Byzantine historiography: the literary dimension
By Anthony Kaldellis
Paper given at 21st International Congress of Byzantine Studies (2006)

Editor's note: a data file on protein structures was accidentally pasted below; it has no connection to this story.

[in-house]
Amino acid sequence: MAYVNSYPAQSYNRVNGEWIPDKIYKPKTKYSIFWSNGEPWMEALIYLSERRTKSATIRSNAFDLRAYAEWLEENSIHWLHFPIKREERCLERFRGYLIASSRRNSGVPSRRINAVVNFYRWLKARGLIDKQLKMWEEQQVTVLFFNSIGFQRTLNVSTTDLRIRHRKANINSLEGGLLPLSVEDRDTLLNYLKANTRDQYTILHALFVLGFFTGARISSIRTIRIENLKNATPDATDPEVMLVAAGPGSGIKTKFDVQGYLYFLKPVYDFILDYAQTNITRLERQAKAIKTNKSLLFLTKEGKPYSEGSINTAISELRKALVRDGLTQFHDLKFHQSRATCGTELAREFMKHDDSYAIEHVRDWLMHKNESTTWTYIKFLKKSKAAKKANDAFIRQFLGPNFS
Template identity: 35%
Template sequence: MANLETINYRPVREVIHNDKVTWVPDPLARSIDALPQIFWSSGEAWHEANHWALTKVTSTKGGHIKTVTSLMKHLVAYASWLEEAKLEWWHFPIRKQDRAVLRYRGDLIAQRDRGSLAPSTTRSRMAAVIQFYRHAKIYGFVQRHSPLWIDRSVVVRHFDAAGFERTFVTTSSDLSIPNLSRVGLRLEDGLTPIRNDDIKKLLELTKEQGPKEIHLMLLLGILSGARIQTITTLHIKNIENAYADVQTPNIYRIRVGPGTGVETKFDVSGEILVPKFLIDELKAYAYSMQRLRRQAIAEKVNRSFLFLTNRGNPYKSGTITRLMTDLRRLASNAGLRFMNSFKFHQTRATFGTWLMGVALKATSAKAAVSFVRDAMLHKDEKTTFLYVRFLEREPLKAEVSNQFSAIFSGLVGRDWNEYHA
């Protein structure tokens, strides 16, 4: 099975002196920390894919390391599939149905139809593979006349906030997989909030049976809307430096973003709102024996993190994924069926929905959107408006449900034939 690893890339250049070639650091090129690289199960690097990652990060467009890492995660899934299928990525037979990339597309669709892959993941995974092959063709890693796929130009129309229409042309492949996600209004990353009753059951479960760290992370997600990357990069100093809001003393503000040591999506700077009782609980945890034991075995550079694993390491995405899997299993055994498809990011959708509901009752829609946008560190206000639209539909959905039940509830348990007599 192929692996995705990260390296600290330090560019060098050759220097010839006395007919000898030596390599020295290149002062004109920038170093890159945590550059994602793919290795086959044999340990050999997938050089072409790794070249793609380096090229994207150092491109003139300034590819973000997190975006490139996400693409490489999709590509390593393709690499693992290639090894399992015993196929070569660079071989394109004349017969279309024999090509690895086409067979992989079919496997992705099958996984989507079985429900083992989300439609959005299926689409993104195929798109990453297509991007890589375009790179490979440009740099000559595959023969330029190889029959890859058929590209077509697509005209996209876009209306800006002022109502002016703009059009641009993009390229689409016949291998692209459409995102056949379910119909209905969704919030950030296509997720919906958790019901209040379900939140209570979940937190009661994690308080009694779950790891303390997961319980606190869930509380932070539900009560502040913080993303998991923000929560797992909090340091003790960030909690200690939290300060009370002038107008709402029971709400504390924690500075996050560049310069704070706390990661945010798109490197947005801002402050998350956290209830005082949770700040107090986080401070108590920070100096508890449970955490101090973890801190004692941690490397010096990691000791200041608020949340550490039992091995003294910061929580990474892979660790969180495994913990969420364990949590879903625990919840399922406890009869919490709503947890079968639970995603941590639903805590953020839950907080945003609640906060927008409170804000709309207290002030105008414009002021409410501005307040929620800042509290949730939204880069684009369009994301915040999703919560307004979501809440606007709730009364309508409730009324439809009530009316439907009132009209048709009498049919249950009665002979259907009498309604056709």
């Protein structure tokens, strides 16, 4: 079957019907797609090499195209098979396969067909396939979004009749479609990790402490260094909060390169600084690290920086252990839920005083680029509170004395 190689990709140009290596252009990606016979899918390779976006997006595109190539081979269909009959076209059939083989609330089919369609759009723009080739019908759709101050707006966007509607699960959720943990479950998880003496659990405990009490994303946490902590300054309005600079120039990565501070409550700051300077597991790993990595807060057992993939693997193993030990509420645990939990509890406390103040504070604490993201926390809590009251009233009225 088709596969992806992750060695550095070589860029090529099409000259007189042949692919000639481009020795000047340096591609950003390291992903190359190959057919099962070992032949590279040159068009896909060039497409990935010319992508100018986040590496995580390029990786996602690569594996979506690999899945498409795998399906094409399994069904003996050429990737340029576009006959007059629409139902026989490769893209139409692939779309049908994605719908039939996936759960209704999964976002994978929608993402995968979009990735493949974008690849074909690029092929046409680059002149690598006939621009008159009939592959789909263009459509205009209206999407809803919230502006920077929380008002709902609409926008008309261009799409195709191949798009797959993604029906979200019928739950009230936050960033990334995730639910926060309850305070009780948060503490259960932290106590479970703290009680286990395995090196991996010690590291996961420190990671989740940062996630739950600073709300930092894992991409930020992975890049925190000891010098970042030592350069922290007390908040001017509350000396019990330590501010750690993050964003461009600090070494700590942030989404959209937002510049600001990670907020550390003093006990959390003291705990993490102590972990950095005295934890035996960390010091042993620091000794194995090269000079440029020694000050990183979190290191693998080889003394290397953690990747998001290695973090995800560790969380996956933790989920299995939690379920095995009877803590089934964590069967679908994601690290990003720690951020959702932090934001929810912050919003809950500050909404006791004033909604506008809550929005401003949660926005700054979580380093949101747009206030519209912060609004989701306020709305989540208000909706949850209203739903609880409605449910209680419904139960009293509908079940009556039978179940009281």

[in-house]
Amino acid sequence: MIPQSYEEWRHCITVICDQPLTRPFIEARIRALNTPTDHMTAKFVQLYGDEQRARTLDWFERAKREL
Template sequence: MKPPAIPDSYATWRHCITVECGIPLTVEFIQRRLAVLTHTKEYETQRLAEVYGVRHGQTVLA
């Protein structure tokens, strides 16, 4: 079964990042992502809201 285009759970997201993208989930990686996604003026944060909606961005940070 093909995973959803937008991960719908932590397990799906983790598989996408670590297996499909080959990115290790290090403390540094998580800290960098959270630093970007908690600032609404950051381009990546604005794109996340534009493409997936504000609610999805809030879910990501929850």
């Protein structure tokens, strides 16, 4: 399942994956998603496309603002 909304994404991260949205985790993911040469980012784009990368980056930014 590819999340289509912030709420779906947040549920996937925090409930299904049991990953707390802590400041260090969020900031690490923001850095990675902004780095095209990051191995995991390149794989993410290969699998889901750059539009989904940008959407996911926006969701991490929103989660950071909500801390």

Introduction: Whatever narrative of political and military history modern historians are able to reconstruct of the later Roman empire (284-602 A.D.) is based chiefly on the classicizing histories of the period written by soldiers, secretaries, and diplomats such as Ammianus Marcellinus in the fourth century, Priskos in the fifth, Prokopios in the sixth, and Theophylaktos in the seventh, who recorded what they considered to be the main events of their time in narratives that selfconsciously imitated the style of Herodotos and Thucydides. In addition to the movements of armies and the councils of emperors, they also tell us a great deal about contemporary life and society, about the customs of foreign nations, and also, more crucially for our purposes, about late antique modes of literary imitation and narrative representation. Yet with the exception of Ammianus, until recently their works have not been subjected to the kind of close literary analysis from which the ancient historians, their models, have long benefited. Their works have been studied primarily by scholars interested in the facts about what actually happened in late antiquity. It is not an exaggeration to say that these narratives are commonly regarded as repositories of usable information set in discreet excerptable blocks: each item can be cut out, scrutinized for its truth value, and, once purified, factored into a modern retelling or analysis of the events in question. This, I will argue, is like measuring the symbolic images of Byzantine art on the yardstick of strict realism.